As a rule near relations do not intermarry. In some islands this rule is rigidly adhered to. There have been exceptions, however, especially in the case of high chiefs; but usually great care is taken to prevent the union of those within the prescribed limits of consanguinity. Children generally dwell with their kin on the father's side, but they have : equal rights on the mother's side, and sometimes they take up their abode with their mother's family. The only names used to express particular relationships are father and mother, son and daughter, brother and sister. There is usually no distinction between brothers (or sisters) and cousins, all the children of brothers and sisters speak of each other as brothers and sisters, and they call uncles and aunts fathers and mothers. Above the relationship of parents all are simply ancestors, no term being used for grandfather which would not equally apply to any more remote male ancestor. In the same way there is no distinctive term for grandchild. A man speaks of his grandchild as his son or daughter, or simply as his child. 4 Polygamy was often practised, especially by chiefs, and also concubinage. In some places a widow was taken by the brother of her deceased husband, or, failing the brother, by some other relative of the deceased, as an additional wife. Divorce was an easy matter, and of frequent occurrence; but, as a rule, a divorced wife would not marry again without the consent of her former husband. An adulterer was always liable to be killed by the aggrieved husband, or by some member of his clan. If the culprit himself could not be reached, any member of the clan was liable to suffer in his stead. In some islands female virtue was highly regarded. Perhaps of all the groups Samoa stood highest in this respect. There was a special ordeal through which a bride passed to prove her virginity, and a proof of her immorality brought disgrace upon all her relatives. But in other islands there was much freedom in the relations of the sexes. Owing to the almost promiscuous intercourse which prevailed among a portion of the race, in some groups titles descended through the mother and not through the father. In Hawaii there was a peculiar system of marriage 8 Wrestling and boxing, a kind of hockey and football, canoe and foot races, walking-matches, swimming, archery, cockfighting, fishing-matches and pigeon-catching are among their pastimes. Of indoor games they have a number, many being of a gambling nature. Much time is spent, especially after the evening meal, in asking riddles, in rhyming, etc. The recital of songs and myths is a common amusement, and on special occasions there is dancing. The night-dances were generally accompanied by much indecency and immorality.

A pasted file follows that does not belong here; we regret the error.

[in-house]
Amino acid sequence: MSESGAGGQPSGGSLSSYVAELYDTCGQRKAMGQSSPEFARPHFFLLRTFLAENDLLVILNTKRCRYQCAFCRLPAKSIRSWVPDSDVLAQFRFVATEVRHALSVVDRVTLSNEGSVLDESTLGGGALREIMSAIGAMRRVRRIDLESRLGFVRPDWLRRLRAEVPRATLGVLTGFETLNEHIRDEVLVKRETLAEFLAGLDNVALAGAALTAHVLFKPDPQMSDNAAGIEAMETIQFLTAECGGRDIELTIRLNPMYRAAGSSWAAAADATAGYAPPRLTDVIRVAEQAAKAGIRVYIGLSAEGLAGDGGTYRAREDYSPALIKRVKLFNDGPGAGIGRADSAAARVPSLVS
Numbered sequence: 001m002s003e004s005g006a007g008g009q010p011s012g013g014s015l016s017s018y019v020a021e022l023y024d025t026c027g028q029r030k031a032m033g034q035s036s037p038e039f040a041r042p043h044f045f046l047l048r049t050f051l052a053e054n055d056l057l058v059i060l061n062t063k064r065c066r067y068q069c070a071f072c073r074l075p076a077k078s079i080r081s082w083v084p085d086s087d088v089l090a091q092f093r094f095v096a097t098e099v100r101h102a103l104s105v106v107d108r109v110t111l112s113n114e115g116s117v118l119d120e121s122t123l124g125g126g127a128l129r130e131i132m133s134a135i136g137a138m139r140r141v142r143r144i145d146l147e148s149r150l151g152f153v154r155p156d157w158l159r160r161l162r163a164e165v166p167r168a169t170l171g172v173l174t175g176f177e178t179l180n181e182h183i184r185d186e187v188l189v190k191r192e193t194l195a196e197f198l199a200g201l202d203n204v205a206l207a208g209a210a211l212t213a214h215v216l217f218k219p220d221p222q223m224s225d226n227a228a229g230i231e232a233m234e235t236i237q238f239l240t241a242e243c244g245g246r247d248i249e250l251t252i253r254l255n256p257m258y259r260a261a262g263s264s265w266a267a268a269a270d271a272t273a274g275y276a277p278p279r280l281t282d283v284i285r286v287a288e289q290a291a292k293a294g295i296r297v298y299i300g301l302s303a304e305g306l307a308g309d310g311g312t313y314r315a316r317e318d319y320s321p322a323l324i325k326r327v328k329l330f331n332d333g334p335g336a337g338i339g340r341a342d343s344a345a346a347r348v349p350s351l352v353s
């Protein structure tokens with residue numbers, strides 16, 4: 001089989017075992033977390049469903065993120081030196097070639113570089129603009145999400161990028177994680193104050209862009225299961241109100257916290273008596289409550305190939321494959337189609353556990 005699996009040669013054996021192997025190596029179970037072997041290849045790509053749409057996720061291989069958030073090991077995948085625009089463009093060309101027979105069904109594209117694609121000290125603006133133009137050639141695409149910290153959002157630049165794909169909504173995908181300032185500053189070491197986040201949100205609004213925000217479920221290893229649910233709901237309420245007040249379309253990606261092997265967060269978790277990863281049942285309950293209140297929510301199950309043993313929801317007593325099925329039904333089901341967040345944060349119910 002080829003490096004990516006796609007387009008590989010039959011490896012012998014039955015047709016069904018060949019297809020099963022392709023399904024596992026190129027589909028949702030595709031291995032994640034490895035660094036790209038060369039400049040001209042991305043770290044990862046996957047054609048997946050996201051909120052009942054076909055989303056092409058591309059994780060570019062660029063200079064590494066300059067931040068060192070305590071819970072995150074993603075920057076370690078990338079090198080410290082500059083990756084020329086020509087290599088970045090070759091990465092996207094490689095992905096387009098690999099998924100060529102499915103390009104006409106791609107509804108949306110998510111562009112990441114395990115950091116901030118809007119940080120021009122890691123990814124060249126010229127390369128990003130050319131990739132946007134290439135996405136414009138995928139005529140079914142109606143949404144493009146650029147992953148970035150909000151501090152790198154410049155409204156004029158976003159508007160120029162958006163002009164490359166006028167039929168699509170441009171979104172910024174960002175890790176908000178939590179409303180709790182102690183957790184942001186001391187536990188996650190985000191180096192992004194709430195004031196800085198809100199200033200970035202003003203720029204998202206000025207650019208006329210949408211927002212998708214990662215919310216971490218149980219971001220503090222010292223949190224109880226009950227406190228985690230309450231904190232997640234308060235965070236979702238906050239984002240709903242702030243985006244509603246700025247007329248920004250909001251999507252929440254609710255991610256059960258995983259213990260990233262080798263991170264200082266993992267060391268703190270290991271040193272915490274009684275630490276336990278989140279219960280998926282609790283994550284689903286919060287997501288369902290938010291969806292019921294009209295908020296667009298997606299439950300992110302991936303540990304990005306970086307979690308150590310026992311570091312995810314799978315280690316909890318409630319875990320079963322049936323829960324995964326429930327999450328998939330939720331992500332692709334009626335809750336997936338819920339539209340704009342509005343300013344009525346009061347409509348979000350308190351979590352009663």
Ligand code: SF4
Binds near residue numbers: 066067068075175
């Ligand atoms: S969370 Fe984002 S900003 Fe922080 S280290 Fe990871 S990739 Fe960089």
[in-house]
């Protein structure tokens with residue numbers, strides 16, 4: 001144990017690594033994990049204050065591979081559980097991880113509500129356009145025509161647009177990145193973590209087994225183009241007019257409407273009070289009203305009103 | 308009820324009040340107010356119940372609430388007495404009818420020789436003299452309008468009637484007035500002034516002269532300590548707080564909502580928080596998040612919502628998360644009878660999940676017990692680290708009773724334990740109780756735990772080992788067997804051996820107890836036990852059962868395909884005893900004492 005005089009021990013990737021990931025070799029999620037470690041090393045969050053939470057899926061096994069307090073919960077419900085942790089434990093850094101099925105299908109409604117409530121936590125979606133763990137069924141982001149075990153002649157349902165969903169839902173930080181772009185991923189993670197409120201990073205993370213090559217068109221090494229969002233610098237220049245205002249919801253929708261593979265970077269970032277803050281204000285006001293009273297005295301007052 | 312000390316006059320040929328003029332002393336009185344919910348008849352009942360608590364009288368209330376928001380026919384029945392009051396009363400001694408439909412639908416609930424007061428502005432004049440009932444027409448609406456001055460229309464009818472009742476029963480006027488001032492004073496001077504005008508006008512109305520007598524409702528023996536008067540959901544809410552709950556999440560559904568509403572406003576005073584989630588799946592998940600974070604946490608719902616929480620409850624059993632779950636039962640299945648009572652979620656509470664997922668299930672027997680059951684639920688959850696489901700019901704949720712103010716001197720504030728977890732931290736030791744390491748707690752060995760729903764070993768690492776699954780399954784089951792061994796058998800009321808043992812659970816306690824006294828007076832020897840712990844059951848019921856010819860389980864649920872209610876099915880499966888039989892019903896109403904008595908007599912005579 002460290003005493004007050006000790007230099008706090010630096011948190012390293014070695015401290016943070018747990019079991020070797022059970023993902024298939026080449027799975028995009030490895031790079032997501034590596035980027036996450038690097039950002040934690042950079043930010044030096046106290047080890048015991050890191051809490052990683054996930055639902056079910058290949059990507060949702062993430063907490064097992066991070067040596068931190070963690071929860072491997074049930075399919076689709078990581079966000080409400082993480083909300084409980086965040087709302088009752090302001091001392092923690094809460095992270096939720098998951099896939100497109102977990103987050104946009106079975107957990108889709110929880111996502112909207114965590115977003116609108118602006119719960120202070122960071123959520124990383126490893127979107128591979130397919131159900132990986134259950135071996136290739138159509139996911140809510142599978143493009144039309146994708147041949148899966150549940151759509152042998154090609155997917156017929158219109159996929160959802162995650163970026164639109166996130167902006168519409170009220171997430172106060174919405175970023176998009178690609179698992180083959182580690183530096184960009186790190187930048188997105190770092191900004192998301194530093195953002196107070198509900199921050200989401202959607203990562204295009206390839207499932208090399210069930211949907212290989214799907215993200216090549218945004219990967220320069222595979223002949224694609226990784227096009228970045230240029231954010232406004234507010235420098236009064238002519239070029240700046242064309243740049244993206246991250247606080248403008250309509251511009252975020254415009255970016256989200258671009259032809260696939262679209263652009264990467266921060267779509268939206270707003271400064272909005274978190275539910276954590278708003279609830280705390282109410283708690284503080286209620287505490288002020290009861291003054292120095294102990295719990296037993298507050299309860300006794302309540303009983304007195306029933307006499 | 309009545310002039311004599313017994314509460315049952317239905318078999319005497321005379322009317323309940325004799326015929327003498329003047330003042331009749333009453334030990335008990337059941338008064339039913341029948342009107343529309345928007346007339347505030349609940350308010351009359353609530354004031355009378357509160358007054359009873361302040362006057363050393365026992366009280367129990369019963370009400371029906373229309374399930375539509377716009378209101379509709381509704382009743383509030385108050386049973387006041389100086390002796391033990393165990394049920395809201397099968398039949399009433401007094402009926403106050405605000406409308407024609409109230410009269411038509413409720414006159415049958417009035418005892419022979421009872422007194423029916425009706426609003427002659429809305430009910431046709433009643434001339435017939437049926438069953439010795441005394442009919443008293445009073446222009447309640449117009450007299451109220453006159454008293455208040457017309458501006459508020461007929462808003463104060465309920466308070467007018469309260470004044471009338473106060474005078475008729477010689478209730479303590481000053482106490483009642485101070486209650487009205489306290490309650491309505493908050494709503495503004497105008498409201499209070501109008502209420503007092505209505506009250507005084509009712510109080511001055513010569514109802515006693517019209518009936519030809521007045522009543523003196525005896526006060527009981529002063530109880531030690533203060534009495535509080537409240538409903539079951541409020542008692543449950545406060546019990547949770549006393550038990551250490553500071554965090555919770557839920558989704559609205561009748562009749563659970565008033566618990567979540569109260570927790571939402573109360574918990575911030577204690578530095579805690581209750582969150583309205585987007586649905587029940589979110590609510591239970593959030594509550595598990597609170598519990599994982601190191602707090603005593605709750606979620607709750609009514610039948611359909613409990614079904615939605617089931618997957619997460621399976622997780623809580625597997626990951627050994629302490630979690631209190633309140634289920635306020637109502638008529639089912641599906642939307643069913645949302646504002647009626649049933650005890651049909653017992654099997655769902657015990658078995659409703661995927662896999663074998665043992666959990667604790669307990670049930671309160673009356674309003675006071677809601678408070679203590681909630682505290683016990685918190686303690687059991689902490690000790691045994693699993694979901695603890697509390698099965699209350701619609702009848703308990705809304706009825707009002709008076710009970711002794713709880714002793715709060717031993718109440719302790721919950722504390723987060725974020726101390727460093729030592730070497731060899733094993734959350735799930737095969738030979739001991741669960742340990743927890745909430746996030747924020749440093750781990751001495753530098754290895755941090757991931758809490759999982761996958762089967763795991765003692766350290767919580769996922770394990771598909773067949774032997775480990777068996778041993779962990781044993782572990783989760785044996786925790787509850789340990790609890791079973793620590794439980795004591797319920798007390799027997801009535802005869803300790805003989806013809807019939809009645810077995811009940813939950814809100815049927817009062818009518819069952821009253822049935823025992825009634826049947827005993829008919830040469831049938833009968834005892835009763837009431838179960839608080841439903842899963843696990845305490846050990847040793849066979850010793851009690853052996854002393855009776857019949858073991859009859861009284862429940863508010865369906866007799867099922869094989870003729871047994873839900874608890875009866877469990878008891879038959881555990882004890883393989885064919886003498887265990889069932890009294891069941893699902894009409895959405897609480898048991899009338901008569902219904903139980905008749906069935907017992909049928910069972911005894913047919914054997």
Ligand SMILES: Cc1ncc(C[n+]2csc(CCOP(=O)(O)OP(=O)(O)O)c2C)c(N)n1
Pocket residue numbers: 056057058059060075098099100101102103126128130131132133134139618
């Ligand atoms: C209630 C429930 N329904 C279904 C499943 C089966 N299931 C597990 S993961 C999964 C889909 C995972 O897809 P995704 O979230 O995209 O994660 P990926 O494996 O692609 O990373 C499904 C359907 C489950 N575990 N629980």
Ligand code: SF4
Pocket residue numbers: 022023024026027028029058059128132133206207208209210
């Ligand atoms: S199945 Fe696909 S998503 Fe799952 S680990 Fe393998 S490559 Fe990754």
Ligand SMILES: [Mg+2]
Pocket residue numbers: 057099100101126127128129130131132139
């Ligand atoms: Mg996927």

4 Dr Lewis H. Morgan, in Ancient Society, pp. 419-423, makes the Polynesians to have distinctive terms for grandfather, grandmother, grandson and granddaughter. In this he is mistaken. It is evident from his own lists that the Hawaiian kupuna means simply an ancestor. In like manner moopuna simply means a descendant of any generation after the first.